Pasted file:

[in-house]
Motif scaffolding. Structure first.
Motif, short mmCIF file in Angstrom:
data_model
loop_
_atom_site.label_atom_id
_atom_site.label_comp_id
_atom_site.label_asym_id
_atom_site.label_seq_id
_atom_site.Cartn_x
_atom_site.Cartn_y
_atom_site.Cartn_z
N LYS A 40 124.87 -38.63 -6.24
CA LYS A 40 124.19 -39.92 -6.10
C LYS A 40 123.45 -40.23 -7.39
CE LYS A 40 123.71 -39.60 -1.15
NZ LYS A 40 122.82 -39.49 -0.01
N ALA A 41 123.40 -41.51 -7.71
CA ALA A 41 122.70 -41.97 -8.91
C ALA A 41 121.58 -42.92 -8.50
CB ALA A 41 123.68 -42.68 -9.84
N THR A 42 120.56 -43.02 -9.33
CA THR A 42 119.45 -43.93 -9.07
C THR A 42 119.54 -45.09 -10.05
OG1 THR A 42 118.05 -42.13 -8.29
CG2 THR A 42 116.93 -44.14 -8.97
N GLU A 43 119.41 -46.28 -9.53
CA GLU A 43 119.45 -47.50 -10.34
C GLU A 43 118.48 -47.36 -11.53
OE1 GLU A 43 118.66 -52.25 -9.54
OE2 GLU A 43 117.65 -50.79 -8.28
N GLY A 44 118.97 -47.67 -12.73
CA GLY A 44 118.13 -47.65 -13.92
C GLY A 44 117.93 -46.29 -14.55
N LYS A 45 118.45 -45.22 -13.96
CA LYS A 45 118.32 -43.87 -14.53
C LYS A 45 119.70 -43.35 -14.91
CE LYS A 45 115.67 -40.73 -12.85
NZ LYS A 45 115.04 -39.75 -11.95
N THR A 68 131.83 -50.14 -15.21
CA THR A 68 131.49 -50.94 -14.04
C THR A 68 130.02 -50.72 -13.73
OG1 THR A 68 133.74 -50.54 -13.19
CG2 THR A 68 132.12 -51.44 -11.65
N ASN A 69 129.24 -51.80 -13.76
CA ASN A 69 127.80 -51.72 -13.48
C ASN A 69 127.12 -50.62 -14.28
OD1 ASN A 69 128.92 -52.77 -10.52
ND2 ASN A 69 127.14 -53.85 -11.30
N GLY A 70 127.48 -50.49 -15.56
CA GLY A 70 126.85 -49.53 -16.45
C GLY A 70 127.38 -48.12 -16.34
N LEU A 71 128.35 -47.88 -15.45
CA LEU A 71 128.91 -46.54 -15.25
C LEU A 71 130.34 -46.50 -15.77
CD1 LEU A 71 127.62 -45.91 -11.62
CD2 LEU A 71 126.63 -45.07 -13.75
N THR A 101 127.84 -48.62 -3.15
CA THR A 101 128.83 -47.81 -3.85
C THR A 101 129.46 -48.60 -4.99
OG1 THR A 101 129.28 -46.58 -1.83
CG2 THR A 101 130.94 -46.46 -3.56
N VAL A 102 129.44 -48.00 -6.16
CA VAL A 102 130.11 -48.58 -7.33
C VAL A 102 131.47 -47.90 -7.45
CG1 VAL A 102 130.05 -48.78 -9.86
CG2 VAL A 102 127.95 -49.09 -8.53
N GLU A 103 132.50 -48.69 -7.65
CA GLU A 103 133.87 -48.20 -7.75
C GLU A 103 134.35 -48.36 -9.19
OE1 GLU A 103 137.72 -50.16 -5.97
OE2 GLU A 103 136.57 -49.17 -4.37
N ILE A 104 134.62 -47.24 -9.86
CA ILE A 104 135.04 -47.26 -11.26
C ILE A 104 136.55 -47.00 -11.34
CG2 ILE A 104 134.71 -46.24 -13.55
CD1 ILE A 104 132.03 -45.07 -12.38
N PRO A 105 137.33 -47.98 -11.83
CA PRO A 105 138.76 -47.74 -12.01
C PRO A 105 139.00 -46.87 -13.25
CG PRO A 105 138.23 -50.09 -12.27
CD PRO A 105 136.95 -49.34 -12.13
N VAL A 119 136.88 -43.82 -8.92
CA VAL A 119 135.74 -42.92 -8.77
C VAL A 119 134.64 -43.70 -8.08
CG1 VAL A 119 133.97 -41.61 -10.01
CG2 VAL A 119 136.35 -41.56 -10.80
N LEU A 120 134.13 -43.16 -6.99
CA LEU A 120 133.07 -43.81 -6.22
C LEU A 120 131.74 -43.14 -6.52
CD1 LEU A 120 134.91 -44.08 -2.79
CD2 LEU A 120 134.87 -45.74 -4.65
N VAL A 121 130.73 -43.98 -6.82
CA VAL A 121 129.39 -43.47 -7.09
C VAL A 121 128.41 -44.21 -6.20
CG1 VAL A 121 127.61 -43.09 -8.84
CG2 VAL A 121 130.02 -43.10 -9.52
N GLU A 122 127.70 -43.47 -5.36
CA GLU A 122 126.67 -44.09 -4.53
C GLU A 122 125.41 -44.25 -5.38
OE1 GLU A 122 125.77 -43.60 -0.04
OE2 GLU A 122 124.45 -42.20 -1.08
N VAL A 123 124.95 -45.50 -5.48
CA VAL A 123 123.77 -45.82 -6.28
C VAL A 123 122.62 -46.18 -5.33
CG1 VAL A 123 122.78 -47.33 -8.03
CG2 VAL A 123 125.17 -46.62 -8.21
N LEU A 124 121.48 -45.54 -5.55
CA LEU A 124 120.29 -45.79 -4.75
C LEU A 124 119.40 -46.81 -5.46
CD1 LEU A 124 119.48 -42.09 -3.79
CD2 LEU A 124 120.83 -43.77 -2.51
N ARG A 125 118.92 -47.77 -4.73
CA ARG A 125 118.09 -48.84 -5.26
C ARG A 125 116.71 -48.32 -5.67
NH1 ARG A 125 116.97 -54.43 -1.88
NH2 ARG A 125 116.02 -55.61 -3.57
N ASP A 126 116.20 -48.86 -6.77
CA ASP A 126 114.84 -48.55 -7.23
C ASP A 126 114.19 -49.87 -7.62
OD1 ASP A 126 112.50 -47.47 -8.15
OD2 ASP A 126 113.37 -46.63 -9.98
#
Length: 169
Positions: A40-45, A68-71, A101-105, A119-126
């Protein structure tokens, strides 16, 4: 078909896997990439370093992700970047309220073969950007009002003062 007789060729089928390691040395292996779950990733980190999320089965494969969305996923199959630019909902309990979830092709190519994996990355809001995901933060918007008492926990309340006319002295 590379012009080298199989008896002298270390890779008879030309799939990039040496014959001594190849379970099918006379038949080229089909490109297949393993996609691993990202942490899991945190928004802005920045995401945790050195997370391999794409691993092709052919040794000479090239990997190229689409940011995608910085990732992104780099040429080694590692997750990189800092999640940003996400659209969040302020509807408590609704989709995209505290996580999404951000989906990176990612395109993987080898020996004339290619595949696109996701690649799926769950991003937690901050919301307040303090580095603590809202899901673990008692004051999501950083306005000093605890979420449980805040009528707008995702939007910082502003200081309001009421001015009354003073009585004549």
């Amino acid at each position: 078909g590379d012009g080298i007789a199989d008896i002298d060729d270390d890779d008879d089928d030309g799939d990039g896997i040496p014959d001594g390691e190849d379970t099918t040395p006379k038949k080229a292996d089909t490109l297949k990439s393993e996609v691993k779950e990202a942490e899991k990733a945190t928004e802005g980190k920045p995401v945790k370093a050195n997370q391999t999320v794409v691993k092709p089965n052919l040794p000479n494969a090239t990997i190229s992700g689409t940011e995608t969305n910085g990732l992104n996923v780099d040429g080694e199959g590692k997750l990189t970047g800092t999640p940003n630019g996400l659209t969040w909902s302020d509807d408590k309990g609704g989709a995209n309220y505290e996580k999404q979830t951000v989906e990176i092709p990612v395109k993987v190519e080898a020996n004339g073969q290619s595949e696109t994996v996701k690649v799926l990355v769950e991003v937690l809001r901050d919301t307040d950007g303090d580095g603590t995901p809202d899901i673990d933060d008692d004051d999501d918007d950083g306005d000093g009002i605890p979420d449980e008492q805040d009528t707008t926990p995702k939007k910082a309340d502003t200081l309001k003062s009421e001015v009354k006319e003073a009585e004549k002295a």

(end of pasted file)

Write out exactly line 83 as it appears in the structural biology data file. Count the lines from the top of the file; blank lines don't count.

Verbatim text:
N VAL A 119 136.88 -43.82 -8.92